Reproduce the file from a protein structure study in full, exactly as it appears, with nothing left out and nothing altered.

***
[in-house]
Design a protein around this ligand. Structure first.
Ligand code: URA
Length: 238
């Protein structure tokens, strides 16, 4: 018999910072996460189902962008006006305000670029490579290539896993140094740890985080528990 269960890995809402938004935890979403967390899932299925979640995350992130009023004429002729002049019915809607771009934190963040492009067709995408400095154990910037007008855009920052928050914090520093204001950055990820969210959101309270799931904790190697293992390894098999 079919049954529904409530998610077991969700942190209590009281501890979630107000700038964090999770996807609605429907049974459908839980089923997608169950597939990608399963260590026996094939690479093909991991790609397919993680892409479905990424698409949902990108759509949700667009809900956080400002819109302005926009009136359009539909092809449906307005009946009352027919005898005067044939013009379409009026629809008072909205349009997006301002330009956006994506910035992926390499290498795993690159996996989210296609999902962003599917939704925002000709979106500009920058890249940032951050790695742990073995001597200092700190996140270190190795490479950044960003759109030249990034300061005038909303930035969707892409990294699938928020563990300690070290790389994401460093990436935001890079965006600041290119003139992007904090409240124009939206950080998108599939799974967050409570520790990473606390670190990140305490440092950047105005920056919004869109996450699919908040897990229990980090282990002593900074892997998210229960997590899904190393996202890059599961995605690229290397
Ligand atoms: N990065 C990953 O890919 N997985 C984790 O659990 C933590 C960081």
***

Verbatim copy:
[in-house]
Design a protein around this ligand. Structure first.
Ligand code: URA
Length: 238
């Protein structure tokens, strides 16, 4: 018999910072996460189902962008006006305000670029490579290539896993140094740890985080528990 269960890995809402938004935890979403967390899932299925979640995350992130009023004429002729002049019915809607771009934190963040492009067709995408400095154990910037007008855009920052928050914090520093204001950055990820969210959101309270799931904790190697293992390894098999 079919049954529904409530998610077991969700942190209590009281501890979630107000700038964090999770996807609605429907049974459908839980089923997608169950597939990608399963260590026996094939690479093909991991790609397919993680892409479905990424698409949902990108759509949700667009809900956080400002819109302005926009009136359009539909092809449906307005009946009352027919005898005067044939013009379409009026629809008072909205349009997006301002330009956006994506910035992926390499290498795993690159996996989210296609999902962003599917939704925002000709979106500009920058890249940032951050790695742990073995001597200092700190996140270190190795490479950044960003759109030249990034300061005038909303930035969707892409990294699938928020563990300690070290790389994401460093990436935001890079965006600041290119003139992007904090409240124009939206950080998108599939799974967050409570520790990473606390670190990140305490440092950047105005920056919004869109996450699919908040897990229990980090282990002593900074892997998210229960997590899904190393996202890059599961995605690229290397
Ligand atoms: N990065 C990953 O890919 N997985 C984790 O659990 C933590 C960081």